Privately the Canadian government was angry at an action which split the COMMONWEALTH and alienated the US. Publicly the Canadian role was that of conciliator. L.B. PEARSON, secretary of state for external affairs, and his colleagues at the UNITED NATIONS won overwhelming General Assembly support November 4 for an international force "to secure and supervise the cessation of hostilities." Canadian General E.L.M. BURNS was immediately named commander of the UN Emergency Force (UNEF). The British and French, however, ignored the UN resolution and landed paratroopers in the Canal Zone late on November 4. Under pressure, largely American, placed on British PM Sir Anthony Eden, a cease-fire was achieved November 6. Pearson fought successfully to have Canadian soldiers included in UNEF; advance units of the force arrived in mid-November. Although Pearson was awarded the 1957 Nobel Peace Prize for his peacemaking efforts at the UN, there were many in Britain and Canada who were dismayed by Ottawa's apparent lack of support for Britain. Such sentiment was probably a factor in the Liberal government's defeat in the general election of 1957.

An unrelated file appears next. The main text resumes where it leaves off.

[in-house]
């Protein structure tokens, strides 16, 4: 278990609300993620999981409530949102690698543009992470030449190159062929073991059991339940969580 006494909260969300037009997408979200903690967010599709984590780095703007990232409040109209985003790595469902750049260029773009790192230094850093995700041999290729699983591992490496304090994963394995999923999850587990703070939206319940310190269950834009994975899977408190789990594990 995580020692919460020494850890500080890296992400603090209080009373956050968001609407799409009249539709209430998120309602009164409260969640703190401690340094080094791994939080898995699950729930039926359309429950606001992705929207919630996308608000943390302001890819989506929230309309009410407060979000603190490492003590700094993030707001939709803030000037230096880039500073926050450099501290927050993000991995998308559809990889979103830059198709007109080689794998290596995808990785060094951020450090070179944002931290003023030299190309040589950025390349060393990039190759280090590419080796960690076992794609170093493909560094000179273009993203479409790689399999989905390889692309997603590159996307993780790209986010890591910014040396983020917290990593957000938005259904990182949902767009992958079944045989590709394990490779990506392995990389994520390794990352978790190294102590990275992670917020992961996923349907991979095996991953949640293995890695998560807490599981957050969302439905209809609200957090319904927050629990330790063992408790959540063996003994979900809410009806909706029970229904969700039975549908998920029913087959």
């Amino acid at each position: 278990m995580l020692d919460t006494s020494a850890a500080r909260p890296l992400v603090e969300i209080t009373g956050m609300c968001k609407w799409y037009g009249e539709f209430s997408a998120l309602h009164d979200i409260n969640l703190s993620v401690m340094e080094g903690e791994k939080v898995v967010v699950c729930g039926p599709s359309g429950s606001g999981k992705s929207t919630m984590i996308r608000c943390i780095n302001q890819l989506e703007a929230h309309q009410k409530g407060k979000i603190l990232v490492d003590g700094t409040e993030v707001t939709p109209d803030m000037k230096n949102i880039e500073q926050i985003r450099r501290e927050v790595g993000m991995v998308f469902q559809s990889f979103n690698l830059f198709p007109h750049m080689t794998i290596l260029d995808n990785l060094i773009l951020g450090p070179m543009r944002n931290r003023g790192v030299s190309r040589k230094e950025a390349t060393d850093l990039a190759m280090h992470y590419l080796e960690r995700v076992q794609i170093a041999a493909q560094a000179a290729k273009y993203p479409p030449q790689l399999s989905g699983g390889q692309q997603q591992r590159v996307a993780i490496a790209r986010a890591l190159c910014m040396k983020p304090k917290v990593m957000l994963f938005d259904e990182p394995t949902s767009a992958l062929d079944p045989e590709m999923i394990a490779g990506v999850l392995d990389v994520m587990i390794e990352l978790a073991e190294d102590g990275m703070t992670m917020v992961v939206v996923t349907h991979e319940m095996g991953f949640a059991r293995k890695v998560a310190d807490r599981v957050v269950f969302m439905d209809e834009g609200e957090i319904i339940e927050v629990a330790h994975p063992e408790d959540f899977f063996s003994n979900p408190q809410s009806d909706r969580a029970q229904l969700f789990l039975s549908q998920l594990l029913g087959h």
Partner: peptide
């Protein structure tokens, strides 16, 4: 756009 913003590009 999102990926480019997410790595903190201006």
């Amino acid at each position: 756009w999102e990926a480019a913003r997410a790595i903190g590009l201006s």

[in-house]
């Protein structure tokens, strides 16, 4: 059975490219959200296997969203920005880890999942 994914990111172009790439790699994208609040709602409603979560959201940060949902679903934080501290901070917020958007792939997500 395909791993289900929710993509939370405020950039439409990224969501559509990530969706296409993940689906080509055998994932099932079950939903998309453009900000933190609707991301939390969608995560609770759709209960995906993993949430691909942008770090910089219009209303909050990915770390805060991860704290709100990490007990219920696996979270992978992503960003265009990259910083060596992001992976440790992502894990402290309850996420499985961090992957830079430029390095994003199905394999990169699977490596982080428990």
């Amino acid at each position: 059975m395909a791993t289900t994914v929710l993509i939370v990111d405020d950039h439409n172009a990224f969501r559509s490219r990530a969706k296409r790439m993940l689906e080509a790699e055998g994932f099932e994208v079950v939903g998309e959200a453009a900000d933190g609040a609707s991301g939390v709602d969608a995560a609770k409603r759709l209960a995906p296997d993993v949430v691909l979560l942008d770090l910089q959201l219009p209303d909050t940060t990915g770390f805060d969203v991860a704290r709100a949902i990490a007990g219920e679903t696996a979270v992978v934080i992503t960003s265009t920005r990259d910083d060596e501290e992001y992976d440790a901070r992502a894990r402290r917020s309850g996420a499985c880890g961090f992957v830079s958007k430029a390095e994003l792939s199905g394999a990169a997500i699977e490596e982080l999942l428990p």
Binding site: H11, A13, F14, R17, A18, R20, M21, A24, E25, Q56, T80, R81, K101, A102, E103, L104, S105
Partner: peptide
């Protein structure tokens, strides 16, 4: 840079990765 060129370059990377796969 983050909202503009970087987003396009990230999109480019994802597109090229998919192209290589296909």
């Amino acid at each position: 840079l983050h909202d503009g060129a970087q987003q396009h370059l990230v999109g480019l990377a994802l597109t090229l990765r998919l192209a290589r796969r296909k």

See also PEACEKEEPING.
Author NORMAN HILLMER
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